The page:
April 8th, 2010
I’ve been following a brilliant blog called Fed Up With Lunch: The School Lunch Project started by a teacher and parent who goes by Mrs. Q (anonymous for fear of losing her job). She has vowed to eat the same school lunch as all of her students every day in 2010 and blogs what she eats. She is not affiliated with any organization. Her blog is not a publicity stunt. She’s just someone using the power of self-publishing to make a point and start a conversation. Well, I’m in. And I hope you are, too.
Yesterday’s post, a guest entry from a Texas mom whose 12-month-old child is in daycare, was the most shocking yet. Maybe because I’ve been tuned into the elementary and high school lunch issue for a while now. Maybe because I have daycare-aged children. I don’t know. But I was ASTOUNDED at what some daycares are feeding tiny children (french fries, little smokies, frosted cake, corn chips… the list goes on). That alone would be worth sharing, but what really got me was the reaction from parents (please read). Parents must believe they have no say in the system. How else could they think this was okay, or that their only option is to compensate with healthier foods at home?!
We do have a say. Not only that, but we HAVE TO have a say. Children are getting sick in ways they never have before and they want to know why we aren’t doing better by them. People are dying young. This is simply a matter of life and death. For the first time in American history our children’s life expectancy may be shorter than ours.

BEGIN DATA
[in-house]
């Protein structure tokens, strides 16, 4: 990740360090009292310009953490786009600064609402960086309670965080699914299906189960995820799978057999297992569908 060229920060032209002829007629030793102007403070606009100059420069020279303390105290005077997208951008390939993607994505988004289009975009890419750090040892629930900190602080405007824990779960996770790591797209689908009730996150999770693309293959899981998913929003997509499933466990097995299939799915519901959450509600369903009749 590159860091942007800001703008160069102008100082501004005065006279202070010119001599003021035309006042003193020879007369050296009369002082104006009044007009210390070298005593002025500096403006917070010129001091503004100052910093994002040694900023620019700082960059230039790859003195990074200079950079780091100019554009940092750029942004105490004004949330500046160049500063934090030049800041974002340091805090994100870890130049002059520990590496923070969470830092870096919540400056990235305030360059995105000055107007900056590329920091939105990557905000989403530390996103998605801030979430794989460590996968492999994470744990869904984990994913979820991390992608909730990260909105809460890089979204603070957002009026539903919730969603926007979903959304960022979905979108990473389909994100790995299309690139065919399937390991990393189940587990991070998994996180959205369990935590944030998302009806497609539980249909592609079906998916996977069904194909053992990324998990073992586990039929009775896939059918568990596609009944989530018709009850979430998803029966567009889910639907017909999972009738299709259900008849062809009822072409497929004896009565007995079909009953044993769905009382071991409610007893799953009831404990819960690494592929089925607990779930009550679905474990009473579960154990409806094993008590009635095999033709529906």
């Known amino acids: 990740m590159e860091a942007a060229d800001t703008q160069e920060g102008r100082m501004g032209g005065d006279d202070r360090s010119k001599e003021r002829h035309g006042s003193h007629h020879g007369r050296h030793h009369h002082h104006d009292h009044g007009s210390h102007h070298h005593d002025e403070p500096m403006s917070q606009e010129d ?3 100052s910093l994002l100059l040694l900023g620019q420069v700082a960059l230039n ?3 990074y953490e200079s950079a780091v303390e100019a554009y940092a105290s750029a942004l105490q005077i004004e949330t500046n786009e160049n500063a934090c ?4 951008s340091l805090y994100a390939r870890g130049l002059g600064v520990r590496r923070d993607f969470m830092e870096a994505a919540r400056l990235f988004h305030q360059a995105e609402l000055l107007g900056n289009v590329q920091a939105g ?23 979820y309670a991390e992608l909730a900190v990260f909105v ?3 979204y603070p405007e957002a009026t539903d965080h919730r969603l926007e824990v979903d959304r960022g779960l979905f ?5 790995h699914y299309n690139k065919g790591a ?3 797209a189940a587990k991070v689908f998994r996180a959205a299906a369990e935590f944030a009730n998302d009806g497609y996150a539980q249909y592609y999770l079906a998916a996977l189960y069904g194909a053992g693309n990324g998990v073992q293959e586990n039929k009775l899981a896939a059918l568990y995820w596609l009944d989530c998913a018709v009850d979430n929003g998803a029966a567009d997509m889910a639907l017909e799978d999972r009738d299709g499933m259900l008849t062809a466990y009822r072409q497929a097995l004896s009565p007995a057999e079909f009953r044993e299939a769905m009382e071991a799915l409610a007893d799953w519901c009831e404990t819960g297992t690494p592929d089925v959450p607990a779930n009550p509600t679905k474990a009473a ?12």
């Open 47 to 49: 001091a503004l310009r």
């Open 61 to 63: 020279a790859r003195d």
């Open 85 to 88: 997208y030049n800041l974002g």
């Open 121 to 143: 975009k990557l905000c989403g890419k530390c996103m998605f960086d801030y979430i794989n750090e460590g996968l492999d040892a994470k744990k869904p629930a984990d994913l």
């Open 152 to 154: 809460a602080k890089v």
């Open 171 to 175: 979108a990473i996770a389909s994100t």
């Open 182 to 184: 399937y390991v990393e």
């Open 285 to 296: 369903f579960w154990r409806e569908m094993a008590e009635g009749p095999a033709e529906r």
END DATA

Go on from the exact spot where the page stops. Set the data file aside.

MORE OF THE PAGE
It is part of our job as parents to feed our children foods that will help them grow up strong and healthy, with eating habits that can sustain a long, healthy life. Tight budgets, packed schedules and challenges finding quality fresh foods make the job hard enough. We don’t also need schools and daycares working against our efforts. Having the best intentions, as I’m sure they all do, isn’t good enough.
Please, learn more, find out what your kids are eating (why not join them at school for lunch one day) and, most importantly, SPEAK UP. Talk to other parents in your community. Write a blog post. Make a fuss at a PTA meeting. Write to your legislators. Sign a petition.
Let’s work together to make change.
Here are some resources to learn more about what’s going on in public school lunch rooms and with the Child Nutrition Act:
Have a school lunch story to share? Other resources to pass along? Chime in!